Using AI to identify intracranial hemorrhage (ICH) on CT improves workflow in the emergency department (ED) without negatively affecting patient care, according to a study published February 9 in Radiology: Artificial Intelligence.
The findings are good news for busy emergency departments, wrote a team led by Dr. Muhannad Seyam of the University Hospital of Basel in Switzerland.
"Clinical workflow appears positively impacted by implementing an AI-based tool for detecting intracranial hemorrhage on emergently acquired CT," Seyam and colleagues noted.
In September 2020, the U.S. Centers for Medicare and Medicaid Services (CMS) announced that it would reimburse for the use of Viz.ai's AI-based technology for large-vessel occlusion detection on CT -- a decision based on "the premise and promise of enhanced clinical workflow, overall improved patient care, and lesser economic burden on the health care system," the authors wrote. This decision was renewed in August of last year.
The agency's action could pave the way for reimbursement for other AI applications, such as identifying ICH, which has high mortality and disability rates if not treated in a timely manner, according to the researchers.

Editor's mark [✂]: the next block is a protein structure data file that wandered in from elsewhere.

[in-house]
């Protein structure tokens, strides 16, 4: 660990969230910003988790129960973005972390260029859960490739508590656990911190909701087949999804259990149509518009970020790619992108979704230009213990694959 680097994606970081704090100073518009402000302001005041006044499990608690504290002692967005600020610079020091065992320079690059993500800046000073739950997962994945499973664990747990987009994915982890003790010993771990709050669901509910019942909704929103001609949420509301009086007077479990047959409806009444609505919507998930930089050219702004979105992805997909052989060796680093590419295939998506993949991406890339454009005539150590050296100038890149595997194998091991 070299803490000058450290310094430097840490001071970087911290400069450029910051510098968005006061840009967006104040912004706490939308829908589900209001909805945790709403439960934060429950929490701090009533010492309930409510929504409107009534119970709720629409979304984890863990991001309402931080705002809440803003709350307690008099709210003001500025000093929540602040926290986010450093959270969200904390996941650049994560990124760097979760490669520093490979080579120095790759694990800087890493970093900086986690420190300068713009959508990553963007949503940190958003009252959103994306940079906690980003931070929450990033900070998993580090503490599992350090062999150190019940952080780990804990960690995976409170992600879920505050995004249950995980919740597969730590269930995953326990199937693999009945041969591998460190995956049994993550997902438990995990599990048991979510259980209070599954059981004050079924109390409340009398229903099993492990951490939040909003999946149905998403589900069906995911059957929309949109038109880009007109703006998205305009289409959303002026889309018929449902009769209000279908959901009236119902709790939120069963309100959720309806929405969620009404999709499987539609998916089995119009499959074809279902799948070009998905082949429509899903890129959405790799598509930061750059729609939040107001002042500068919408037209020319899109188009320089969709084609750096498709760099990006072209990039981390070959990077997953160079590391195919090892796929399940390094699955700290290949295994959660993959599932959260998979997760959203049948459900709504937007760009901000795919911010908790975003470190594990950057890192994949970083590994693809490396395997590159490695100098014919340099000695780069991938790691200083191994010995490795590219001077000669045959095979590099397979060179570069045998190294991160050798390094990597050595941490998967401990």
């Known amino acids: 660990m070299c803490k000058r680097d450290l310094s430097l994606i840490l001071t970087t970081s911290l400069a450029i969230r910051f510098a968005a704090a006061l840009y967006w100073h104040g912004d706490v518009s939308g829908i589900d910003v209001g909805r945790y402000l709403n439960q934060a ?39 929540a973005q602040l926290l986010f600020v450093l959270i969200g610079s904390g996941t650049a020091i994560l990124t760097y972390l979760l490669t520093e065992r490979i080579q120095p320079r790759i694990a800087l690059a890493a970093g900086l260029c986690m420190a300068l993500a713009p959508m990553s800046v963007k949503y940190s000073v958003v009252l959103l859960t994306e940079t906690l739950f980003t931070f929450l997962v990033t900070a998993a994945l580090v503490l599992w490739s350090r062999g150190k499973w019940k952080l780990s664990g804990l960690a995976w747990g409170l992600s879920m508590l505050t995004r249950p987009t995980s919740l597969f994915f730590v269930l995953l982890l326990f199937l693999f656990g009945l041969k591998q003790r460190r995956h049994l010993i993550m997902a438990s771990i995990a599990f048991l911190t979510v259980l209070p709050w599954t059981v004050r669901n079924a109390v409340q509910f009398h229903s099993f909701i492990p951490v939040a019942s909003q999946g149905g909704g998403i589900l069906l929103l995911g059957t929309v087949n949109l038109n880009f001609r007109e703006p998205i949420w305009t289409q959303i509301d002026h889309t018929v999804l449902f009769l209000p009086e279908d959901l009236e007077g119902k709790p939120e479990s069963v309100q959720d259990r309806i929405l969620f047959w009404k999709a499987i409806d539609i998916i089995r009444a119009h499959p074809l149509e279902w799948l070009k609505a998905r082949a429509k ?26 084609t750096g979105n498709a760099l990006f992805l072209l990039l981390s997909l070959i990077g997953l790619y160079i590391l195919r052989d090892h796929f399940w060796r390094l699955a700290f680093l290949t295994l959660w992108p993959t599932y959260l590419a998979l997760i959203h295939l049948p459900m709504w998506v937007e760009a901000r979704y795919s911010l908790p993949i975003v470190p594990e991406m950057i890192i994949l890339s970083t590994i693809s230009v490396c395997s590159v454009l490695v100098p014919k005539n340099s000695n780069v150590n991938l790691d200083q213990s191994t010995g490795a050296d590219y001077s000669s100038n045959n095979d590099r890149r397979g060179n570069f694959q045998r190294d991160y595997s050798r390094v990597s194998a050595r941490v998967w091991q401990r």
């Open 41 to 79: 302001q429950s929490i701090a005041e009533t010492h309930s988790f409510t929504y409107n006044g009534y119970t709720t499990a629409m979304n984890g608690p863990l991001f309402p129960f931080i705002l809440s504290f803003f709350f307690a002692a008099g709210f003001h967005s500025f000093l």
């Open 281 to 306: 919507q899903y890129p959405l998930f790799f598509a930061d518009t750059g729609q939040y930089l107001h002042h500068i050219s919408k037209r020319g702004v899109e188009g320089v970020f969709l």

Seyam's group conducted a study that assessed the effect of incorporating into their emergency department workflow a commercially available deep-learning algorithm (Aidoc) to diagnose intracranial hemorrhage on CT. The team then compared the algorithm's diagnostic performance to preimplementation diagnoses of the condition. The study included 4,450 patients who underwent emergency head CT; of those, 3,017 had exams after the AI algorithm had been implemented.
Incidence of intracranial hemorrhage was similar in both groups (pre-AI, 14.4%; post-AI, 14.3%). Regarding the AI-based algorithm's performance for detecting ICH, the team found the following:
|Performance of AI-based detection algorithm for identifying ICH
|Positive predictive value
|Negative predictive value
The authors noted that the algorithm had high rates of detection for ICH (97.1%) but lower rates for subarachnoid hemorrhage (80%) and subdural hemorrhage (69.2%), indicating that "a false sense of security using AI is a pitfall that must be addressed, particularly for certain subtypes of ICH and in acute care applications," they wrote.
In terms of workflow, Seyam's group found that the AI algorithm improved emergency department metrics for detecting ICH.
|Workflow effects of AI-algorithm for detecting ICH, pre- and postimplementation
|Report turnaround time
|Communication time of an ICH finding, overall
|Communication time of an ICH finding during working hours
|Communication time of acute ICH
|Emergency department turnaround time for ruling out ICH, overall
|Emergency department turnaround time for ruling out ICH, during working hours
The study suggests that AI could help make emergency department operations more efficient without negatively affecting patient care, but more research is needed, according to Seyam and colleagues.
"Although AI deployment indicated workflow improvement, future efforts are necessary to streamline the workflow all along the workflow chain," they concluded. "It is crucial to define a clear framework and recognize limitations as AI tools are only as reliable as the environment they are deployed in."